Anyone lucky enough to get a ’67 Camaro for their 16th birthday probably ended up creating lots of great memories with it. That’s exactly the case with Shawn Gutterson, who on a cold Colorado winter morning in 1983 found a stock blue Camaro with wire hubcaps parked on the driveway as a gift from his parents. Over the next three years, the car would take Shawn to every high school football and basketball game, and be ready for many waterskiing trips during summer vacation.
While the 327 V-8, equipped with a two-barrel carburetor and Powerglide automatic transmission weren’t at the top of the muscle car performance list, Shawn enjoyed the power and did what most high school kids do: upgrade the exhaust and stereo system. But soon the responsibilities of becoming an adult and the time to have fun were put on hold as Shawn moved on with his life. This is typically the point where many would have to sell their first car, but that was never an option for Shawn. Instead, he decided to cover it and store it in his parent’s barn, knowing that someday it would be there waiting for him to take it out for another ride.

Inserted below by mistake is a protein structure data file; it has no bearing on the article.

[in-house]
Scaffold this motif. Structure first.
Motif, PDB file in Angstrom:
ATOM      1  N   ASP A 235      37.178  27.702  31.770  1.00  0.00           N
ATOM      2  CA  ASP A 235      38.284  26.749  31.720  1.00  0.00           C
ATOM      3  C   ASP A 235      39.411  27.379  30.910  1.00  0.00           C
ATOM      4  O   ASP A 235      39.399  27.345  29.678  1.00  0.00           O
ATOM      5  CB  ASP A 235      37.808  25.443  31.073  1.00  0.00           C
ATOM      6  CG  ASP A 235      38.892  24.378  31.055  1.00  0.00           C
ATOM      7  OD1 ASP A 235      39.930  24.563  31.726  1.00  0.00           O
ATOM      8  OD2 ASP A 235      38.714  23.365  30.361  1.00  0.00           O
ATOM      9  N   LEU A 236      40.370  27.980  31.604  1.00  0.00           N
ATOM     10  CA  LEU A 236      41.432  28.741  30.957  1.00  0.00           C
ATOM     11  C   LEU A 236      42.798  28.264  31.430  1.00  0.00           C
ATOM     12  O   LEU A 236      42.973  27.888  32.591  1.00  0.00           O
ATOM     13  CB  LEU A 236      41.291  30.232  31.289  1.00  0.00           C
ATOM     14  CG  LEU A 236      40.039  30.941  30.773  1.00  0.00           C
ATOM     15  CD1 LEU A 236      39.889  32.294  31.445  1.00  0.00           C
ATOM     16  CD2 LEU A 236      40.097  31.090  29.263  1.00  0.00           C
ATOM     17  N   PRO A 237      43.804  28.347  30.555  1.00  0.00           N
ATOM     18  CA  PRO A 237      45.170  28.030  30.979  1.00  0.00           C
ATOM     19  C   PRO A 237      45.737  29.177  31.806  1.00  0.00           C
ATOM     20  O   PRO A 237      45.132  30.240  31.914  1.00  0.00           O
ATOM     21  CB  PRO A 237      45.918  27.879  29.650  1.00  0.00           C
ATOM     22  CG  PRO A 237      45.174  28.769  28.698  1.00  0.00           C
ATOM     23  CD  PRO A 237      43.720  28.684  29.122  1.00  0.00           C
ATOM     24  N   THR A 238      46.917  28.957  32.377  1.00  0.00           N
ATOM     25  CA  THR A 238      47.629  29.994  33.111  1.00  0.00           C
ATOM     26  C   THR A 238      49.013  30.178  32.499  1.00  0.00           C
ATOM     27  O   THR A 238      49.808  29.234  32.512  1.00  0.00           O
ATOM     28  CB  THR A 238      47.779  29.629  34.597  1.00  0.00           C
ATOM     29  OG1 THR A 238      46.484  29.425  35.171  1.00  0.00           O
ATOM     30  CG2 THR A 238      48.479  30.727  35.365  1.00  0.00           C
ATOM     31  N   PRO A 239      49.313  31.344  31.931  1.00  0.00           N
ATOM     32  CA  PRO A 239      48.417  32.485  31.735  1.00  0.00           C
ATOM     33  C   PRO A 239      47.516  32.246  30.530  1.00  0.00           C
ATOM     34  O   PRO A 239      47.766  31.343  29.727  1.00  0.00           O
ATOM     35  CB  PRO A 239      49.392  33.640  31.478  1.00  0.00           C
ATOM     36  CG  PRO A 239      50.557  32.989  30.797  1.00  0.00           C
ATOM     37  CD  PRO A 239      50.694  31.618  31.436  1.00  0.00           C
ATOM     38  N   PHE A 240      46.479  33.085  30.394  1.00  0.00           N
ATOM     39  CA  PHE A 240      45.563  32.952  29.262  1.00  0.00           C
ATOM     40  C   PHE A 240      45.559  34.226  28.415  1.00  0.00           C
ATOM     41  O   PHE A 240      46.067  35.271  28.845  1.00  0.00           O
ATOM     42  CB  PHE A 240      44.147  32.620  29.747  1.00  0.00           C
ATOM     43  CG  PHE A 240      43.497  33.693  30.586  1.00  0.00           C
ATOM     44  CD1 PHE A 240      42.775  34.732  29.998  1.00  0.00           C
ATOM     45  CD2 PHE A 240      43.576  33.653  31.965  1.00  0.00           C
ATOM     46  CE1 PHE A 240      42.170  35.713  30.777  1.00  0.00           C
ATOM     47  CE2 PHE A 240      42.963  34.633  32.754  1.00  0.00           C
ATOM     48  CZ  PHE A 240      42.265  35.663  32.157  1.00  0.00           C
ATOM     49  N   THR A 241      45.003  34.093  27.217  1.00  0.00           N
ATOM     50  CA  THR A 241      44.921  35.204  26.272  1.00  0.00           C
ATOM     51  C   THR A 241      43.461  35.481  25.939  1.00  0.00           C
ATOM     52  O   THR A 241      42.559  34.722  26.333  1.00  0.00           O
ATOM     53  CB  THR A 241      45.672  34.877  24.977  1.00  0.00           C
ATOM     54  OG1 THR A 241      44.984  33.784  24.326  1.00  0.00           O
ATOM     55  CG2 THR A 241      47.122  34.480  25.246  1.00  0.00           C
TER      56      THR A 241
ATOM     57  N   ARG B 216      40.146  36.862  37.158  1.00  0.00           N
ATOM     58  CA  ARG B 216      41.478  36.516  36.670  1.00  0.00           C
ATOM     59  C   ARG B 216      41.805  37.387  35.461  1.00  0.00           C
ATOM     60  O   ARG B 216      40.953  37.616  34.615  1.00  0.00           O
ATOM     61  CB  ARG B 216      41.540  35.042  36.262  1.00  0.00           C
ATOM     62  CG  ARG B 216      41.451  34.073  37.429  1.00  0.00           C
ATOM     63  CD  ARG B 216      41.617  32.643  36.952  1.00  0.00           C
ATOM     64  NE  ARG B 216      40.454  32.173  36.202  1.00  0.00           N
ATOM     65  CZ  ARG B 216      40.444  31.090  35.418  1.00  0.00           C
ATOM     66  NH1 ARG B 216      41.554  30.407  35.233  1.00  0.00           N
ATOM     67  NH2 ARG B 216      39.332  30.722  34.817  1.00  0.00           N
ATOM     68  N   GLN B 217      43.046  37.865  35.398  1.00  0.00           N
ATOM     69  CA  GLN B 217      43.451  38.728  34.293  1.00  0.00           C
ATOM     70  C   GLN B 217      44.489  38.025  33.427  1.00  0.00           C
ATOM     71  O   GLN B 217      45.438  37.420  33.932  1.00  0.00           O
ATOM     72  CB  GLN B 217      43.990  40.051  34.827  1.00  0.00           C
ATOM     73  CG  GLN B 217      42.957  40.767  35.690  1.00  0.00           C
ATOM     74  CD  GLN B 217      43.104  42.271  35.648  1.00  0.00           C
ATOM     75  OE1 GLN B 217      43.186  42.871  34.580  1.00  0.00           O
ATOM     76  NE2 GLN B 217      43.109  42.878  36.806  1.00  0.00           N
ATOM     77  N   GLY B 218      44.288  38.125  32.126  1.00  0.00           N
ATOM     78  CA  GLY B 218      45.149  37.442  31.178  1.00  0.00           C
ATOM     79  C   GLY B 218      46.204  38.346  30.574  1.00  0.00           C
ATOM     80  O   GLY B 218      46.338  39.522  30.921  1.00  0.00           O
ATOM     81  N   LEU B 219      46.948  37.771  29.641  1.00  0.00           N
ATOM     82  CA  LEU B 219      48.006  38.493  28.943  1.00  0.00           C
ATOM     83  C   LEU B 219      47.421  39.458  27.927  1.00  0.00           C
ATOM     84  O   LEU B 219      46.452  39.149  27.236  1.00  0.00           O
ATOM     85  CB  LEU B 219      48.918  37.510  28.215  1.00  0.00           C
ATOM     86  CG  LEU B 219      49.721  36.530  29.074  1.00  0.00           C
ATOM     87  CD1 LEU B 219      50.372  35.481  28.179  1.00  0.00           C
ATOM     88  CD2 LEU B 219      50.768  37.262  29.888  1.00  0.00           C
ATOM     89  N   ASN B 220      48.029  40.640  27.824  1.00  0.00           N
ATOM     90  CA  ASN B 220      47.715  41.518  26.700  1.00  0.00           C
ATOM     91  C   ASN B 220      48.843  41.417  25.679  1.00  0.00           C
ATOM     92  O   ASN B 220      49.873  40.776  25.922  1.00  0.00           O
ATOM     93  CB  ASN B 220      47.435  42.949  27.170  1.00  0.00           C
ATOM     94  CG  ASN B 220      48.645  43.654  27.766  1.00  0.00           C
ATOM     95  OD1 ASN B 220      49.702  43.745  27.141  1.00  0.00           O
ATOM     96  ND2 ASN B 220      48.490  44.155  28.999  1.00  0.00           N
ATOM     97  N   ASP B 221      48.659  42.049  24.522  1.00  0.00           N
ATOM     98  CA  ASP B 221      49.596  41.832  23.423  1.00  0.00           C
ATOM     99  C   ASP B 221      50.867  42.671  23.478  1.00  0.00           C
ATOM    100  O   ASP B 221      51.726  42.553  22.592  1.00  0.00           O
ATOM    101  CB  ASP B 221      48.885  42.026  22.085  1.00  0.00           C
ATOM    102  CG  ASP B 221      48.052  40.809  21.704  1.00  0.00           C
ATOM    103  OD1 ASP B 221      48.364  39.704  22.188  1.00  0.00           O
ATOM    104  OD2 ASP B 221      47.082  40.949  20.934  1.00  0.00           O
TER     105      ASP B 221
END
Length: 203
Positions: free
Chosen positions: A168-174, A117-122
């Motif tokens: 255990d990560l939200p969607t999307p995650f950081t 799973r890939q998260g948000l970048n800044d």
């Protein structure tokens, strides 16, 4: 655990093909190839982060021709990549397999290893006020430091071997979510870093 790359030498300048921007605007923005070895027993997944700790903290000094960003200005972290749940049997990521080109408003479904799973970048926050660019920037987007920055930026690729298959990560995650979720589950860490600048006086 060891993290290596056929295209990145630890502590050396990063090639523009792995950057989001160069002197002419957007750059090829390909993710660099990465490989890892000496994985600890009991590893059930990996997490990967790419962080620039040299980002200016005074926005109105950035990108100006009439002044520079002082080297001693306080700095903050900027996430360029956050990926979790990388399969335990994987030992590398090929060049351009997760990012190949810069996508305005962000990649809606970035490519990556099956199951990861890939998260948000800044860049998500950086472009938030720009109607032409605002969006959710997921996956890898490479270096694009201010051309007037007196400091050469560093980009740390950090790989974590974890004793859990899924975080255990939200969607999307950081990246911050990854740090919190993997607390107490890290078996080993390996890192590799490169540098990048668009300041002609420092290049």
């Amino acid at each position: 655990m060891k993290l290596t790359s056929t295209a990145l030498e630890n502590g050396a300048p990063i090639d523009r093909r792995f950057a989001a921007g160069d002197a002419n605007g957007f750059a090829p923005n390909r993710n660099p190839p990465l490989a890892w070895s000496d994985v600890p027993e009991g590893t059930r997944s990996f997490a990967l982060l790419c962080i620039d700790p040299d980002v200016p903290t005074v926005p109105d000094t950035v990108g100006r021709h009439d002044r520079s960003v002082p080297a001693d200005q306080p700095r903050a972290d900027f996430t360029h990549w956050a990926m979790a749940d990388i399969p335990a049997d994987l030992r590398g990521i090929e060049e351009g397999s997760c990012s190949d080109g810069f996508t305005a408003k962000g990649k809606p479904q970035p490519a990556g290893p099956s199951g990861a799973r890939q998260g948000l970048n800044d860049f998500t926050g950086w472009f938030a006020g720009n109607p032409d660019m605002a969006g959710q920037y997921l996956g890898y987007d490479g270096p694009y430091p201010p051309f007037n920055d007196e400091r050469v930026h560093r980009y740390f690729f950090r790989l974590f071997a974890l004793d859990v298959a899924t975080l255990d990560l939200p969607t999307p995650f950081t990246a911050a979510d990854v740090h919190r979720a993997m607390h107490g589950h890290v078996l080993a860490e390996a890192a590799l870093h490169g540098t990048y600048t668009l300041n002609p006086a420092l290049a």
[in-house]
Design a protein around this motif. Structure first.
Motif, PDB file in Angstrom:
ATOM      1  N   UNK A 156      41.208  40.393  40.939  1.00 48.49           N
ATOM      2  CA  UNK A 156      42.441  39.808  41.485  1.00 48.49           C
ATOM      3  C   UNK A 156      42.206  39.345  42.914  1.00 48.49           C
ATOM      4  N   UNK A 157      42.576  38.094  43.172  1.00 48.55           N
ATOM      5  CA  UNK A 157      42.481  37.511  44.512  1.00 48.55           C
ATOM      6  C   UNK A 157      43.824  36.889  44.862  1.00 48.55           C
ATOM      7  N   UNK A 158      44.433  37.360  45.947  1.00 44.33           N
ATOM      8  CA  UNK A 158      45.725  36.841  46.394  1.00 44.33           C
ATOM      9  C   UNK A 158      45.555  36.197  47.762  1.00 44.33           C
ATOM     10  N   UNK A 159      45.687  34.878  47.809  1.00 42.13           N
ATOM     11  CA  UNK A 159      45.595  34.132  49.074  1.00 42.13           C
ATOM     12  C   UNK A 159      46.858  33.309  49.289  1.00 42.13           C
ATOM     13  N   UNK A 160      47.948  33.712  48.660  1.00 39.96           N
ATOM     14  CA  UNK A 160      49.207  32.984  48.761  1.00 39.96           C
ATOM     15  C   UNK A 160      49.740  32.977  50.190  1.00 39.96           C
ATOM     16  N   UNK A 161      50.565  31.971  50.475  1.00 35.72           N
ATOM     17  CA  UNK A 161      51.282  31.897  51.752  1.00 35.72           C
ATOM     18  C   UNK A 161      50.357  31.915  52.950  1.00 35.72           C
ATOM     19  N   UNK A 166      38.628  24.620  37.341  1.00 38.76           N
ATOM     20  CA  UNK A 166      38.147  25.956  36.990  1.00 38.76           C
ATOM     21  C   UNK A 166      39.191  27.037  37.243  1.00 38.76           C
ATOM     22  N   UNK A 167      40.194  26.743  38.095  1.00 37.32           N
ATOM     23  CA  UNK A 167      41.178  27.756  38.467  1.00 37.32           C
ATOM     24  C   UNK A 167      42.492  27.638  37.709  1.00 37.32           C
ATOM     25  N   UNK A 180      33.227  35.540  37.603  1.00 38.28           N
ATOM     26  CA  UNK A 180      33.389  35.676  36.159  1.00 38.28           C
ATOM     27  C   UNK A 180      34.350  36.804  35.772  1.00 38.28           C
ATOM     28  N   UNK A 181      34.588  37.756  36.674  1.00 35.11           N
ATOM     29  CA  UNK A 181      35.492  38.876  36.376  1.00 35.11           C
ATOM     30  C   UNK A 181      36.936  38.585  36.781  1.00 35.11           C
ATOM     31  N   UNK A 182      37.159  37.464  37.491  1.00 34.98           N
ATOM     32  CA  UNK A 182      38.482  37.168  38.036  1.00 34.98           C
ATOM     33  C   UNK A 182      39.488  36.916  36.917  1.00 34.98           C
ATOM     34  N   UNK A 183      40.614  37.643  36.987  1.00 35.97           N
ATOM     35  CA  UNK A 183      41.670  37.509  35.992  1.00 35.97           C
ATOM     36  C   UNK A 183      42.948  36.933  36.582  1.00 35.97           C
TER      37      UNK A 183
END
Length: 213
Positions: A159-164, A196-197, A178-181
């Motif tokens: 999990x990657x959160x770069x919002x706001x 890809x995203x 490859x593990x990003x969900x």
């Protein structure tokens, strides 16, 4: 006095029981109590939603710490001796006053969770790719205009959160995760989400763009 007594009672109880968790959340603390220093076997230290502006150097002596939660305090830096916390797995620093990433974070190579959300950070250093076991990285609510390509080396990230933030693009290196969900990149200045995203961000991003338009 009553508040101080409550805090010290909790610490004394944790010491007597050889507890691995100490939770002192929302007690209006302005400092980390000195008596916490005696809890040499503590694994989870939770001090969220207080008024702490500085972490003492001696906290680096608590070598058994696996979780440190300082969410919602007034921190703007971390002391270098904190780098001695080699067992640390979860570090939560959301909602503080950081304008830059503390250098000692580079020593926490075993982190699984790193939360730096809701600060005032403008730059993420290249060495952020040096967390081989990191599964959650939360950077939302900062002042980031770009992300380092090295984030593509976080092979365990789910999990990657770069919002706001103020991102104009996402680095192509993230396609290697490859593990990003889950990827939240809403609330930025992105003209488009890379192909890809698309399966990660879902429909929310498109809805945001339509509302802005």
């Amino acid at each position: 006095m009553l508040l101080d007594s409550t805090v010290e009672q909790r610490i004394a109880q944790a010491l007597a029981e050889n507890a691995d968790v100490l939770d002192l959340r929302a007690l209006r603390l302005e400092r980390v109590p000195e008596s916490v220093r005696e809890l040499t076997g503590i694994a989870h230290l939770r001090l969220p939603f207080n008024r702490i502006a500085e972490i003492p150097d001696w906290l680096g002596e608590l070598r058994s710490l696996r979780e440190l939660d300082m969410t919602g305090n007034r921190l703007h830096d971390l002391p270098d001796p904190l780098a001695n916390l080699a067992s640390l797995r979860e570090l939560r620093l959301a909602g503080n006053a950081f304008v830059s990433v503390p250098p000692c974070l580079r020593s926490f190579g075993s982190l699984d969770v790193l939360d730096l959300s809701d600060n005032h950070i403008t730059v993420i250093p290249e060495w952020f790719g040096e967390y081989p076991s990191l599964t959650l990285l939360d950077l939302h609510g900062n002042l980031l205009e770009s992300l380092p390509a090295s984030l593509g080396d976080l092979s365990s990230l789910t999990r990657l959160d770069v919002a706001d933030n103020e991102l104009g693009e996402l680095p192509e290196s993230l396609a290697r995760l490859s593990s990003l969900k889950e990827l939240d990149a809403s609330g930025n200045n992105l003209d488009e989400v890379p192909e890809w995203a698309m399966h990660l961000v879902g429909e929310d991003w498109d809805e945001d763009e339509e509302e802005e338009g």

Unfortunately, the car sat for 22 years before he could truly enjoy it again. By this time, the car wasn’t as pristine and agile as he remembered it. Undeterred, however, Shawn appreciated his second chance with the car and now had the financial means to build it the way he really wanted. This is when he took the car over to Rob Green, a popular muscle car and race car builder in Orange, California, who took Shawn’s vision and rebuilt the Camaro from the ground up.
Green spent the time making sure that the various engine accessories were polished, and that the block was also painted to match the body color. Needless to say, if you’re going to go through that process, the entire undercarriage should be just as clean. Green made sure of that by also painting and polishing all of the components under the car to be just as nice as the exterior. This included matching the new Chris Alston’s Chassisworks front subframe, which came with tubular control arms, rack-and-pinion steering, and coilover shocks to also match the body color. Even the rearend was chromed.
Even though it took 22 years for the Camaro to get to this point, it definitely got a second chance at making an impression with Shawn, and any other Chevy enthusiast who takes the time to take a closer look at his ride and realize it isn’t just some restored ’67 with aftermarket wheels. It isn’t until they look under the hood and chassis that they get blown away by the detail and precision that sets this car apart from the rest.
Power & Drivetrain: